2017: The Mess and Some New at Salon 94
Photographer Laurie Simmons’ take on portraiture involves a bit a trickery. It’s candy-coated color palette might encourage a superficial gaze, but a closer look reveals an offbeat critique of both identity and portraiture. Her most recent series, Some New, features friends, and family that appear to be playfully involved with Simmons’ creations. On view in the exhibition, Laurie Simmons | 2017: The Mess and Some New, the portrait series is paired with the 61 ⅜” (height) by 243 ½” (width) photograph, 2017: The Mess. This panoramic work captures a 20-foot long monument to plastic detritus that echoes the vibrant colors of the backdrops found in the portrait series. A kaleidoscope of rainbow gradient color characterizes both projects.
Of the seven portraits of women on view, each figure poses in front of what appear to be solid colored panels of fabric that resembles the wafting folds of curtains at a stage play, more so than a studio backdrop. An eighth portrait of a dog rounds out the Some New series. The canine piece titled, Some New: Penny (Harlequin), offers an amusing counterpoint to the real live humans found in the rest of the series. Penny has her own star quality, and is as equally rapturous as her fellow subjects, which include recognizable cultural figures like the contemporary artist, Shirin Neshat, and writer/producer/actor, Lena Dunham.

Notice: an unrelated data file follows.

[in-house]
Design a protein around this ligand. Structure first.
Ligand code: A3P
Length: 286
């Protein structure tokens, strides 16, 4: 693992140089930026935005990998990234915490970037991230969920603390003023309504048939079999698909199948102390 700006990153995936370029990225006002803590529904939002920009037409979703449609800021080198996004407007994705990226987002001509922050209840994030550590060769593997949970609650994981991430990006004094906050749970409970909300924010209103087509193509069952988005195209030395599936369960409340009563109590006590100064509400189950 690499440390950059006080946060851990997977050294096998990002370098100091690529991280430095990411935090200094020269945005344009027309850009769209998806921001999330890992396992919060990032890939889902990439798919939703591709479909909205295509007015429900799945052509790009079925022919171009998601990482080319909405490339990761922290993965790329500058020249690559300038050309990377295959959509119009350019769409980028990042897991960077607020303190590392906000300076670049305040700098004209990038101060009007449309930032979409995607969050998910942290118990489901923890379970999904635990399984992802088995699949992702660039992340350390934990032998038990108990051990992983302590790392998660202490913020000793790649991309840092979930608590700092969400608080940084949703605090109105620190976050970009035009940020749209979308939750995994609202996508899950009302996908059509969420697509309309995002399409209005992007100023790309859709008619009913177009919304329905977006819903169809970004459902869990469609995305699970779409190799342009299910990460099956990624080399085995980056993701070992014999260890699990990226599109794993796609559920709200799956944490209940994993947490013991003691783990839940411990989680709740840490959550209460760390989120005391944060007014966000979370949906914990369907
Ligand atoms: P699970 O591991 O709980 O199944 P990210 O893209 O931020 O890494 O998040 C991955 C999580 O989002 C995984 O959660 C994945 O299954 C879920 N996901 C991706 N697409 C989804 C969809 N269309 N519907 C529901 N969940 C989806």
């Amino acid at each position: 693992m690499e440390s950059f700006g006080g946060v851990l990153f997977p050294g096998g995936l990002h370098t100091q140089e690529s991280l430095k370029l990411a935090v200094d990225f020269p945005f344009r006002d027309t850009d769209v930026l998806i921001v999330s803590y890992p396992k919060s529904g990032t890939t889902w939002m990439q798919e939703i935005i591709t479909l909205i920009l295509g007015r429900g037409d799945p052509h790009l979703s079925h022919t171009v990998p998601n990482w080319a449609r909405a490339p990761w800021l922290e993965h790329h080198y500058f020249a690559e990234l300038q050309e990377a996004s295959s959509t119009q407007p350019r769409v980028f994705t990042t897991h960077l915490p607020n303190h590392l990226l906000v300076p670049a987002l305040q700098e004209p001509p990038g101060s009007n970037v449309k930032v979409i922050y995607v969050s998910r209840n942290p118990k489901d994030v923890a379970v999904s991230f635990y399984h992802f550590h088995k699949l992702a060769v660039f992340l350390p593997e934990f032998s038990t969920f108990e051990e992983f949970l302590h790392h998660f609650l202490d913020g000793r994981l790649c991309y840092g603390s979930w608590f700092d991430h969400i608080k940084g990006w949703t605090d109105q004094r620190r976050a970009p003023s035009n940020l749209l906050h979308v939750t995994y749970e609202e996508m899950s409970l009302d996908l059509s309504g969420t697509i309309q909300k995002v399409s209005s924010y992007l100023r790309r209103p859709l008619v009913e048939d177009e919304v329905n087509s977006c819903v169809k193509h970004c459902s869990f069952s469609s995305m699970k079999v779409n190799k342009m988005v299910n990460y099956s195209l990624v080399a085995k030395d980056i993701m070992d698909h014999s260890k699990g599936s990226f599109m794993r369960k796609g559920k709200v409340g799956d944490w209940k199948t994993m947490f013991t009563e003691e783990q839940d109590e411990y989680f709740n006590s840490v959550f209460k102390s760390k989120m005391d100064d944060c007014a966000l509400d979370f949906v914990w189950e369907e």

Although in retrospect, an aura of humor seems to linger amongst the works, it’s not so easy to understand the joke. The cavernous exhibition space of Salon 94 coupled with the sometimes serious and sometimes mischievous expression on the faces of Simmons’ subjects, may leave viewers in a state of suspended animation. An accessible act of play that can be found in the work is discovered at close view. Within each photograph, a portion of each subject’s body, clothing or adornment is painted into the frame. Neshat and art historian, Andrianna Campbell, another one of Simmons’ subjects, are both bejeweled in extravagant neckware painted elegantly around their bare necks. Lena Dunham sports skin tight painted on clothing in black and white, a homage to Audrey Hepburn.
While Simmons’ portrait series deals with the surface nature and performative quality within portraiture, 2017: The Mess comments on the transformed identity of plastics over time. In the early 1900s plastic was considered a modern material and a must-have product of a post-World War II aspirational lifestyle. Ironically, in the 21st century, it has become to some extent – environmental enemy #1. There’s no question that a potent and pointed dark humor can be found in Simmons’ photographic explorations of the plasticity of artifice, and the childlike fun of color and make believe.
Laurie Simmons — 2017: The Mess and Some New at Salon 94 is on view through 6/2/18.